Resources for the Allergic Kid

I really don’t want this blog to be all gluten-free talk, all the time, but I did want to mention a few resources that have been really helpful to us these past few weeks. I don’t know how we would have survived without the internet, which always manages to reassure you that there are others out there just like you, except when it is scaring the pants off you with dire warnings that everything could be so much worse. Which I guess is also helpful, in its own way.

Anyway, if you happen to find yourself needing to create a gluten-free, egg-free, milk-free, nut-free, peanut-free, legume-free, coconut-free diet (surely that day is just waiting for you right around the corner, have you HEARD what they are saying on the internet?), here’s some things you need to get. (Disclosure: no one paid me to say any of this, or gave me free stuff, or even batted an eyelash in my direction. Would it have killed them to do a little eyelash batting? WOULD IT? Links to Amazon and whatnot do not benefit me in any way.)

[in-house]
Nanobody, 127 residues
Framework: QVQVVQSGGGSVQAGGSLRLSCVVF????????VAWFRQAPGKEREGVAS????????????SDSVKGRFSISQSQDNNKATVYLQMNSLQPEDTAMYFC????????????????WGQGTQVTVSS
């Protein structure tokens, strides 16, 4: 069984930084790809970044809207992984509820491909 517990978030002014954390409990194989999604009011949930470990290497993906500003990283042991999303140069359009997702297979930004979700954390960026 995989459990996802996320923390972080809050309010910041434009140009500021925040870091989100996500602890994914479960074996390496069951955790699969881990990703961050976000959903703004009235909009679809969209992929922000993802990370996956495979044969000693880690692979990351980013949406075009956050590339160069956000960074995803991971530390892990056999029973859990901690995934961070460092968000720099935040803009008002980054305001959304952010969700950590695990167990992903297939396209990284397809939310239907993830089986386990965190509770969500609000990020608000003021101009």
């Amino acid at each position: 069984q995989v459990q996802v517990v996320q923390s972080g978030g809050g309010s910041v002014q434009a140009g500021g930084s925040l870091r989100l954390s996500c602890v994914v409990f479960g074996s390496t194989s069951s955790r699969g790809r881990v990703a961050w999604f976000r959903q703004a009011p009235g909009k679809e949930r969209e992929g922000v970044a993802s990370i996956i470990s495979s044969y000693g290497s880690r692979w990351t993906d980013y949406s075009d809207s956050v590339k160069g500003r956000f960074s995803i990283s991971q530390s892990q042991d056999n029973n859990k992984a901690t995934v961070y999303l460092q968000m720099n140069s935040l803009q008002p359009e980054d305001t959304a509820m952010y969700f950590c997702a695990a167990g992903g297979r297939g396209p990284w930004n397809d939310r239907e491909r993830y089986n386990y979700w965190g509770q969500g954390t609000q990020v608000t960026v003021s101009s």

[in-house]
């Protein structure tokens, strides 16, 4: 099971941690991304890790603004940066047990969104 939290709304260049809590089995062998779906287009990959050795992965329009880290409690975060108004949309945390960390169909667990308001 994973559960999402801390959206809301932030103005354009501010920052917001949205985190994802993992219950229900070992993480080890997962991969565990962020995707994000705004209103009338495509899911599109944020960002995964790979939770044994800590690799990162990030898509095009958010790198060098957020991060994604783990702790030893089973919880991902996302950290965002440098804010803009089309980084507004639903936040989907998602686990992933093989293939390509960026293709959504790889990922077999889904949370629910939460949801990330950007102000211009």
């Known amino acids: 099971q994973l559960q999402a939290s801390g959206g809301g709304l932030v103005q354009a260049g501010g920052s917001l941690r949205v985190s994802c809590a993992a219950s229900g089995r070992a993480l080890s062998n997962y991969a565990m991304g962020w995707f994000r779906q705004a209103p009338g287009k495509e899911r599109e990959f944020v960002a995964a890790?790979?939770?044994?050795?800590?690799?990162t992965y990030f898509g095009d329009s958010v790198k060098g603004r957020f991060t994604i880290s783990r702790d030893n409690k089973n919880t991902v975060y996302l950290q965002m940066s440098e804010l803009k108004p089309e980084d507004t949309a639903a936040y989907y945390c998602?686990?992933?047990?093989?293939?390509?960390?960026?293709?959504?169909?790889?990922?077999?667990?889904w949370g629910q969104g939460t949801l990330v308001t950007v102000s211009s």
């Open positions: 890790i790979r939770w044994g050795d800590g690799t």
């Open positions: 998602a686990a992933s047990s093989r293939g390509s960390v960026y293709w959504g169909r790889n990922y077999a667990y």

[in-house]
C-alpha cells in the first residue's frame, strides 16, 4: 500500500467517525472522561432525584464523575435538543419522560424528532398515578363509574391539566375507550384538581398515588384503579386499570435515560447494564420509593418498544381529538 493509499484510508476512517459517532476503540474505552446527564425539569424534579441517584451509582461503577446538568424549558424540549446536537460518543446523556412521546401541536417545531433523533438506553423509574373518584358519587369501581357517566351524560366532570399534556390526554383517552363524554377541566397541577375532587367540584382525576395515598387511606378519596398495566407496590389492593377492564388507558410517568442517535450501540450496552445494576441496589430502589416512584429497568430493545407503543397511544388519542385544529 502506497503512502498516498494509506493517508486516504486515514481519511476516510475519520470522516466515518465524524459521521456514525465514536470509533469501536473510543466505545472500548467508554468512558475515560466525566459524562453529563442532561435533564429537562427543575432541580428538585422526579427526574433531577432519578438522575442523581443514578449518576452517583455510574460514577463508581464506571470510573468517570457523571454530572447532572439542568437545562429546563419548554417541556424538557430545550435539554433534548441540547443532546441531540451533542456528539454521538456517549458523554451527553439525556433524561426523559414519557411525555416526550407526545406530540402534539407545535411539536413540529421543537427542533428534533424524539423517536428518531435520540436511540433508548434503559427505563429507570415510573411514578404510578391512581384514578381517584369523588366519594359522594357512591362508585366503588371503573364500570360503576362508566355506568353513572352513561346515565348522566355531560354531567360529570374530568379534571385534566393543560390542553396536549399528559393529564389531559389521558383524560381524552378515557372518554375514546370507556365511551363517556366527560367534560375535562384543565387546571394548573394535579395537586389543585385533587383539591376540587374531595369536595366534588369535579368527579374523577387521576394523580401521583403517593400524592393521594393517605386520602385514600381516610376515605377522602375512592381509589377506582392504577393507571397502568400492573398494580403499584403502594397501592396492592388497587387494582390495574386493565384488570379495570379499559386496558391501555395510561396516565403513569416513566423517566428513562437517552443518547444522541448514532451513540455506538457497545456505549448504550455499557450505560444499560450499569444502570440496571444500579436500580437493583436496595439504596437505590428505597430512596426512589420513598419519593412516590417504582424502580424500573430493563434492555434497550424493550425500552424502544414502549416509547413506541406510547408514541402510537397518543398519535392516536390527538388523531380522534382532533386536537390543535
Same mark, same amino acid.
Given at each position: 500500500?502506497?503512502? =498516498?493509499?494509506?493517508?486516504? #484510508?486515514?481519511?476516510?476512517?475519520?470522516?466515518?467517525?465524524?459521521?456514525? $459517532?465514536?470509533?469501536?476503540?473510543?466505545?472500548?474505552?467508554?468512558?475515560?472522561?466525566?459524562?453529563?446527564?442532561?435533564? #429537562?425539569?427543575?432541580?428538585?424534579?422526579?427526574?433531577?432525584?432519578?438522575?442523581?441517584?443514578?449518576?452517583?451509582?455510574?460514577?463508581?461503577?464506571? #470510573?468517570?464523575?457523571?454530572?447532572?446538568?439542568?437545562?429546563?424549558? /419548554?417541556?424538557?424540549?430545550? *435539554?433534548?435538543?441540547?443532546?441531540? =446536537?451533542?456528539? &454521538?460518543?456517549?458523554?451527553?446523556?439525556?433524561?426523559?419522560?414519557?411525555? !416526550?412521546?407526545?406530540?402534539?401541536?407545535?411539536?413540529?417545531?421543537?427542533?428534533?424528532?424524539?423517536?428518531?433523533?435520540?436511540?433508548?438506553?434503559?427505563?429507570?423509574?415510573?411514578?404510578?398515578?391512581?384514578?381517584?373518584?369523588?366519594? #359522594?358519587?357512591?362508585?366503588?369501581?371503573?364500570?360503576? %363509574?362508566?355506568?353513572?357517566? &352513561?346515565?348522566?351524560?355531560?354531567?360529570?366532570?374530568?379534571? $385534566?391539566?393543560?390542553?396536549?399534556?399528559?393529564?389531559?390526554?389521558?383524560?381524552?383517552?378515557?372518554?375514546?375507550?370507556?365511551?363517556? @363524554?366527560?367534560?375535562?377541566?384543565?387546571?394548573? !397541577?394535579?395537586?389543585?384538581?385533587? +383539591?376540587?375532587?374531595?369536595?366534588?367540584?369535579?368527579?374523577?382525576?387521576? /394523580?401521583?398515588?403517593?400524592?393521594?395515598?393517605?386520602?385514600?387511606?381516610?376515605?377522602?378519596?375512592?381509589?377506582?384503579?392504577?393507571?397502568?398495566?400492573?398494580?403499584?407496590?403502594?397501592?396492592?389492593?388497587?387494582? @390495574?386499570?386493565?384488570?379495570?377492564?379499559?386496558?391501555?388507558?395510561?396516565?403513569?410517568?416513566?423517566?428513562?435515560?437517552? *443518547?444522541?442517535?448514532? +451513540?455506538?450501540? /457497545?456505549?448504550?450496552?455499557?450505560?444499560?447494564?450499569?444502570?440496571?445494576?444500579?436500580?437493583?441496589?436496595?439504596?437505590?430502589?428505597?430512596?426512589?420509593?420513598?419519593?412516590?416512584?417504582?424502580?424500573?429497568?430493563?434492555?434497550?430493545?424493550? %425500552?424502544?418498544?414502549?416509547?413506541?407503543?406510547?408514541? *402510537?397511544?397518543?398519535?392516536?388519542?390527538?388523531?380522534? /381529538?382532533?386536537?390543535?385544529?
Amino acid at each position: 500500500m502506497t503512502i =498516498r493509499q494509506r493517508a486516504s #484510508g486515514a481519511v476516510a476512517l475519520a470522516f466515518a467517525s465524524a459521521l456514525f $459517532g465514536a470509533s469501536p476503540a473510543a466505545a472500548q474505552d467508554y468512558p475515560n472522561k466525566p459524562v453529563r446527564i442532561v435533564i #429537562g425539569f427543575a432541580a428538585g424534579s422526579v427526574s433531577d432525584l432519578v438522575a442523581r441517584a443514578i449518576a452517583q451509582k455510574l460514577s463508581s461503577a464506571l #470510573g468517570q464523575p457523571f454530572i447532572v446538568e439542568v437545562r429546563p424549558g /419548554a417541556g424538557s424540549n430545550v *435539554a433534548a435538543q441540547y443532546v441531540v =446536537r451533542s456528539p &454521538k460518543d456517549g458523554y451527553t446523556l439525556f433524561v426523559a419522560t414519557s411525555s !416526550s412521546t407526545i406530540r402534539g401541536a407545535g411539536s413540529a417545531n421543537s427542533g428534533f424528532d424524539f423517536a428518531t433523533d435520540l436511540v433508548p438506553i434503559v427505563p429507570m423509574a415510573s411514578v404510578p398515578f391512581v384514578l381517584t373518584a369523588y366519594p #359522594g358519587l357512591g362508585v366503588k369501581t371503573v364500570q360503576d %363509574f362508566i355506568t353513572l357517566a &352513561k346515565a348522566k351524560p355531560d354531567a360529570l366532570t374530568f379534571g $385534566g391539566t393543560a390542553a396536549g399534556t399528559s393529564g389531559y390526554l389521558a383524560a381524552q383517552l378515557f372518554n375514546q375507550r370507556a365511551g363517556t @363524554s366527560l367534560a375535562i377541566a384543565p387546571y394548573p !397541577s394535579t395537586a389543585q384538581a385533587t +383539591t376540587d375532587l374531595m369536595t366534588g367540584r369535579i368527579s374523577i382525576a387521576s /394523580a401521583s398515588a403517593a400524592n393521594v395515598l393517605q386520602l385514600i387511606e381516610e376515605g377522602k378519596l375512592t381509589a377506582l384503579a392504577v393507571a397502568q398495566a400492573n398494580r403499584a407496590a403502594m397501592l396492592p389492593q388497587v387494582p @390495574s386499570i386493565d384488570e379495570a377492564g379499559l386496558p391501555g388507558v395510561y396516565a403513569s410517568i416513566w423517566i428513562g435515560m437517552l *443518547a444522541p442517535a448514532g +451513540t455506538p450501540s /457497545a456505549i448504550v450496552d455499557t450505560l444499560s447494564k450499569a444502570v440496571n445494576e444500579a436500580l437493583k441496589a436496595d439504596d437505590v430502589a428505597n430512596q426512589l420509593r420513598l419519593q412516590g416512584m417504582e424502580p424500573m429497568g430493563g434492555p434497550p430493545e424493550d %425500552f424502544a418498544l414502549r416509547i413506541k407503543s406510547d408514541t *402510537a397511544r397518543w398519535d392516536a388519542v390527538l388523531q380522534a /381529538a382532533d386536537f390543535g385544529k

The Allergy-Free Cook Bakes Bread, by Laurie Sadowski

This little gem of a book contains recipes for all kinds of breads, crackers, and muffins that are gluten-free, egg-free, milk-free, and nut-free. She rarely uses bean flours (AWESOME) and when she does, she recommends an alternative. She also usually uses agave nectar or brown sugar as sweeteners, if you’re worried about white sugar. Her recipes are seriously dazzling – light and fluffy and actually bread-like. This is where I got the recipe for the donuts and I also made these beauties this week:

Those are double-chocolate muffins. SO GOOD. I…ate the whole batch. The Captain only got like, two of the dozen. I could not stay away. A definite keeper and could even pass as a cupcake for birthday party purposes. This book is a must-have. One word of warning – she does rely on xanthum gum as a binder, I’ve been reading online that some GF people have trouble with that. But for us, so far, so good.

Allergy-Proof Recipes for Kids by Leslie Hammond and Lynne Marie Rominger